In terms of articulation, this figure is surprisingly poseable. The design features ball joints at the shoulders, elbows, hips, knees, and neck. This may sound like a great deal of articulation but in some cases the sculpt actually limits the range of movement. For Robocop 1.0, the figure is capable of moving his elbows to close to a 90 degree angle but the knees are far more restricted—mostly by some of the intricate sculpting detail found along the back of the joints. This is a case where ankle joints might have come in useful although, after viewing the 1987 version of the film just the other night, I have to wonder just how much more mobile this new version will be. I also wish that the figure had wrist articulation but that’s more of a personal preference. I don’t recall ever seen Robocop holding his gun sideways for “the kill shot.”
Both versions of Robocop are packaged with a mere two accessories—a pistol and a submachine gun. According to the Internet Movie Firearms Database entry both of these are heavily modified weapons that are meant to be unique to Murphy. The pistol is believed to be a modified Beretta which is clearly meant to invoke the images of the modified Beretta 93R from the 1987 film. In the 2014 version, Robocop is going a bit more “extreme” and uses the SMG as his primary weapon. This particular piece is believed to be based on the Spectre M4. Since both versions of the Robocop come with the same weapons I’ve just defaulted to giving the 3.0 the SMG and the 1.0 the more classic Auto 9/93R pistol. One nice bit of detail is the paint app of the OCP logo on the bottom of the SMG’s clip. This is a tiny detail but one that just as easily could have been overlooked. It’s a fairly light kit but, let’s face it, since when has Robocop been the kind of guy to carry an arsenal with him?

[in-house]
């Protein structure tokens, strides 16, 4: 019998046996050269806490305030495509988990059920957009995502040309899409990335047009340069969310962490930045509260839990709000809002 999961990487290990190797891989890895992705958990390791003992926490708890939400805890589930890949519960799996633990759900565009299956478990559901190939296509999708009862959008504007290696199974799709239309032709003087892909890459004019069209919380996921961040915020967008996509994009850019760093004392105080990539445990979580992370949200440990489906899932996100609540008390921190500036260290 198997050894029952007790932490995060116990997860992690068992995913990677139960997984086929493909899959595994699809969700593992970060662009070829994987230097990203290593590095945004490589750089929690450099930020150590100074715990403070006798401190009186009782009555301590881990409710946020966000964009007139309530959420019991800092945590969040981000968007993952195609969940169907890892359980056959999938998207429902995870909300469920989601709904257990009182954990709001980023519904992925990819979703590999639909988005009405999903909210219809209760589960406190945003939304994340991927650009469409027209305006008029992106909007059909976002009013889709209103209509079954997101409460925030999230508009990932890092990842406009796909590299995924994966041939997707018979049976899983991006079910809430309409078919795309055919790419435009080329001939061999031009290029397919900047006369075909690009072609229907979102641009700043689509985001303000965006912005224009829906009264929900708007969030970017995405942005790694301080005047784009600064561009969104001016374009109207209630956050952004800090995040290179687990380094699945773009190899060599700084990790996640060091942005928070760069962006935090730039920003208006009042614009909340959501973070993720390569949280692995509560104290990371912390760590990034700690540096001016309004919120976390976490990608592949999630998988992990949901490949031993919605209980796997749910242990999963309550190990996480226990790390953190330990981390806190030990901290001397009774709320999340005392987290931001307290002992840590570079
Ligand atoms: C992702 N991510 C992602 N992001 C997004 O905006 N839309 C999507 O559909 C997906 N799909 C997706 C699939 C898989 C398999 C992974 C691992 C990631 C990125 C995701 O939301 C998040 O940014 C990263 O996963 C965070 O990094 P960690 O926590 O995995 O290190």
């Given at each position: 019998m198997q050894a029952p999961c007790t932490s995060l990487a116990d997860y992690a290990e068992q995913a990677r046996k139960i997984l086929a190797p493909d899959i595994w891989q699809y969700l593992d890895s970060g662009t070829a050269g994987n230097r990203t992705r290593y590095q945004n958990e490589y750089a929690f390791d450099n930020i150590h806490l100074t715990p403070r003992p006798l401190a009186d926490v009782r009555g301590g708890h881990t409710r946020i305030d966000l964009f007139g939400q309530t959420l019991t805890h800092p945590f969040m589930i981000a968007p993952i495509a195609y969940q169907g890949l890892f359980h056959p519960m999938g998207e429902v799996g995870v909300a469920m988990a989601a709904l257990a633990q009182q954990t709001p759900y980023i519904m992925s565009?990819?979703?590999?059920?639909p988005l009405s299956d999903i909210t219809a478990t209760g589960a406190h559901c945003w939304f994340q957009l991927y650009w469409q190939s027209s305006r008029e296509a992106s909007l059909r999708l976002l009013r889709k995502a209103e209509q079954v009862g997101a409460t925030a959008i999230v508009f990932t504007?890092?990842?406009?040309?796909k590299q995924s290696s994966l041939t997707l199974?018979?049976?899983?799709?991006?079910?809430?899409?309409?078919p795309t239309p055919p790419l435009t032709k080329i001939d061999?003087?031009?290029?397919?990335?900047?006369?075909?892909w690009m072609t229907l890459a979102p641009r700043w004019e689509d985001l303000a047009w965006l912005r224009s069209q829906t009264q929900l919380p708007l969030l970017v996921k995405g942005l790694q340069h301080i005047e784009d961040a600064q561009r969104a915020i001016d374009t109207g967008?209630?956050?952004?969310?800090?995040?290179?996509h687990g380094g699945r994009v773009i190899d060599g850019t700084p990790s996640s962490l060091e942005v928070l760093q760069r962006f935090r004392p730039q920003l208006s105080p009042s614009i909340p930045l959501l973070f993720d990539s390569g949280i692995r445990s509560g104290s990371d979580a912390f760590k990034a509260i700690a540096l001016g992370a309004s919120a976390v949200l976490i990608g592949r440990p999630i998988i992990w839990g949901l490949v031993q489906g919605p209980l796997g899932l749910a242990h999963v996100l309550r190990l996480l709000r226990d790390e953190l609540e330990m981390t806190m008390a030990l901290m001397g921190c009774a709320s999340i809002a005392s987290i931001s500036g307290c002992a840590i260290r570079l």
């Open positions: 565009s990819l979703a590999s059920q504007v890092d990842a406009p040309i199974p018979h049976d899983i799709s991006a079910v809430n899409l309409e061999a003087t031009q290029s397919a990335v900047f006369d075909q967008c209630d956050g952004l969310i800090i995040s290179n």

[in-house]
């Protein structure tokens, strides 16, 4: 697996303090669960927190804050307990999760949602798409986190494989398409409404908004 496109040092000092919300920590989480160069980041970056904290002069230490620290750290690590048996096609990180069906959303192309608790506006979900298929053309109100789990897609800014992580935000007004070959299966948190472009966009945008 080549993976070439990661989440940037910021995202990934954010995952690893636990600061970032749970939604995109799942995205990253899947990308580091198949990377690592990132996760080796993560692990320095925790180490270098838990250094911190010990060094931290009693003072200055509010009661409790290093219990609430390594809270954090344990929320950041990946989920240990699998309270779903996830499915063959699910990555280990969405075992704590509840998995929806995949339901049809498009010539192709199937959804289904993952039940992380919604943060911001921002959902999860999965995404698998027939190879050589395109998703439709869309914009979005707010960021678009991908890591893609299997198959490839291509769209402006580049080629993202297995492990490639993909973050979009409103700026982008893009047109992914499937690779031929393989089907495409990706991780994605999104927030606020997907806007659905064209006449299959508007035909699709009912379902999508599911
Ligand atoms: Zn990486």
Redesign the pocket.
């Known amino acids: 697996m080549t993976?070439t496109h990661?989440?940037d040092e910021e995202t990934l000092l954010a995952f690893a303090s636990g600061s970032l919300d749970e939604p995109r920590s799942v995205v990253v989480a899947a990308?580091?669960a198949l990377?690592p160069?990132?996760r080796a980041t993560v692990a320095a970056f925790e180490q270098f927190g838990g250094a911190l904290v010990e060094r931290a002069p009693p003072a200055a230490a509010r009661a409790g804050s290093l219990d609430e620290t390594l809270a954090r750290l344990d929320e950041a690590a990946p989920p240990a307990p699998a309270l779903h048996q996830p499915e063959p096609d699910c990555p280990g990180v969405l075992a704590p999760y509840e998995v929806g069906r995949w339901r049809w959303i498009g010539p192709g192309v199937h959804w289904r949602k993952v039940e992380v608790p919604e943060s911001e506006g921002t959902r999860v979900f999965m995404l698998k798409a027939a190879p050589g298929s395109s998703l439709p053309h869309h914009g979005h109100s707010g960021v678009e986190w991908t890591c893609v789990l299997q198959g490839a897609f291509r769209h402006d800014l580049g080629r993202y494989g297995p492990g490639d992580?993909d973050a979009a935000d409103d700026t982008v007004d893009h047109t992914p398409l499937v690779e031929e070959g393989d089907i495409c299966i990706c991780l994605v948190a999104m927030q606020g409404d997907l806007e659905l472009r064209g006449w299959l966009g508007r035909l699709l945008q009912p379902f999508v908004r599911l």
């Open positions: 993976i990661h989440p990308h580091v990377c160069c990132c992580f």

If I had to offer any areas of improvement to the manufacturer there would be two. First off, some of the paint apps—the flesh tone and black in particular—are a bit thick and mute some of the intricate sculpting details found on the figures. It’s a shame because the 1.0 really is very well sculpted otherwise. The second point is in the design of the figures themselves. The sculpting really does limit an otherwise solid articulation set. Additionally, on both 1.0 and 3.0 the figure’s right leg is slightly longer than the left. This means that Robocop will almost always be required to stand one foot in front of the other in order to avoid leaning to the left. Some may view this as nitpicking but it’s worth pointing out.
It’s time for the question that every good review should answer: are either of these figures worth picking up? For Jada Toys’ first true action figures I have to say that these 1:18 figures are actually pretty solid. They’ve got some great sculpting detail although the 1.0 is the clear winner. Both have articulation limited by the sculpting design although once again the 1.0 comes out ahead in this category. In the days that I’ve owned them both I find that I’m just more partial to the 1.0 version. Call it nostalgia, or “1987 bias” but I find that the more colorful classic-themed figure is the more dynamic of the two. Of course this could change after I’ve seen the movie but for now I’d say that if you’re only going to buy one go for Robocop 1.0. At the current price, I spent a whopping $7.99 at Toys R Us and didn’t feel cheated in the slightest. Of course, this is just one Robo-fan’s opinion.
The Bottom Line: An interesting first action figure from a company that typically constructs toy cars. Nice sculpting and okay articulation. Robocop 1.0 is a good value for the price.